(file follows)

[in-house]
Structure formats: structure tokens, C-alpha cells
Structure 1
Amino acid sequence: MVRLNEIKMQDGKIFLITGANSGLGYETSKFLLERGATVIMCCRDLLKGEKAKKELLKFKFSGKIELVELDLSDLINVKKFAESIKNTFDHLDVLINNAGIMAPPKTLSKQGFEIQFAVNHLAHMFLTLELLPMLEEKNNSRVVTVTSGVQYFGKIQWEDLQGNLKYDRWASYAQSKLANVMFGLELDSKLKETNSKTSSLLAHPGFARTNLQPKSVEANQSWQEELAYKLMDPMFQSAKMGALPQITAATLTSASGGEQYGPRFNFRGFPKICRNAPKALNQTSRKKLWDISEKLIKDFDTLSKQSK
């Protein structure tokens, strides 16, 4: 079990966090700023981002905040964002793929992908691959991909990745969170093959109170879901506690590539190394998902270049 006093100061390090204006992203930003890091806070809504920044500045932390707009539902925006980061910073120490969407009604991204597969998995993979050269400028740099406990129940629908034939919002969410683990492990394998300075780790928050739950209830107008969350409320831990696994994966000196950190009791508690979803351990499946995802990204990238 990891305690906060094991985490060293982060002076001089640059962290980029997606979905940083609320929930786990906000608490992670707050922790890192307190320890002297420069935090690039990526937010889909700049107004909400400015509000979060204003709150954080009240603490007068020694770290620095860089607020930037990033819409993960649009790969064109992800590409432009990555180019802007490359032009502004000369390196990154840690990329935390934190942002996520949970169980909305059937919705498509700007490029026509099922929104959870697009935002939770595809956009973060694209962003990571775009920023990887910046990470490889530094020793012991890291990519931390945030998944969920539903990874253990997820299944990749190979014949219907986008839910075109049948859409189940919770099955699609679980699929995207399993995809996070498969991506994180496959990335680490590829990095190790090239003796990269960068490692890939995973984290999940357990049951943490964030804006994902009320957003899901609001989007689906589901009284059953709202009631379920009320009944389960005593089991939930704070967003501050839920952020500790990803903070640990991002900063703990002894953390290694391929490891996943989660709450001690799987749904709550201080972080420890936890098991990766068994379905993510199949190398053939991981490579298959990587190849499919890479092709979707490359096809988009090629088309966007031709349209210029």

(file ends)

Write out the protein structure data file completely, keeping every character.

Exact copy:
[in-house]
Structure formats: structure tokens, C-alpha cells
Structure 1
Amino acid sequence: MVRLNEIKMQDGKIFLITGANSGLGYETSKFLLERGATVIMCCRDLLKGEKAKKELLKFKFSGKIELVELDLSDLINVKKFAESIKNTFDHLDVLINNAGIMAPPKTLSKQGFEIQFAVNHLAHMFLTLELLPMLEEKNNSRVVTVTSGVQYFGKIQWEDLQGNLKYDRWASYAQSKLANVMFGLELDSKLKETNSKTSSLLAHPGFARTNLQPKSVEANQSWQEELAYKLMDPMFQSAKMGALPQITAATLTSASGGEQYGPRFNFRGFPKICRNAPKALNQTSRKKLWDISEKLIKDFDTLSKQSK
């Protein structure tokens, strides 16, 4: 079990966090700023981002905040964002793929992908691959991909990745969170093959109170879901506690590539190394998902270049 006093100061390090204006992203930003890091806070809504920044500045932390707009539902925006980061910073120490969407009604991204597969998995993979050269400028740099406990129940629908034939919002969410683990492990394998300075780790928050739950209830107008969350409320831990696994994966000196950190009791508690979803351990499946995802990204990238 990891305690906060094991985490060293982060002076001089640059962290980029997606979905940083609320929930786990906000608490992670707050922790890192307190320890002297420069935090690039990526937010889909700049107004909400400015509000979060204003709150954080009240603490007068020694770290620095860089607020930037990033819409993960649009790969064109992800590409432009990555180019802007490359032009502004000369390196990154840690990329935390934190942002996520949970169980909305059937919705498509700007490029026509099922929104959870697009935002939770595809956009973060694209962003990571775009920023990887910046990470490889530094020793012991890291990519931390945030998944969920539903990874253990997820299944990749190979014949219907986008839910075109049948859409189940919770099955699609679980699929995207399993995809996070498969991506994180496959990335680490590829990095190790090239003796990269960068490692890939995973984290999940357990049951943490964030804006994902009320957003899901609001989007689906589901009284059953709202009631379920009320009944389960005593089991939930704070967003501050839920952020500790990803903070640990991002900063703990002894953390290694391929490891996943989660709450001690799987749904709550201080972080420890936890098991990766068994379905993510199949190398053939991981490579298959990587190849499919890479092709979707490359096809988009090629088309966007031709349209210029």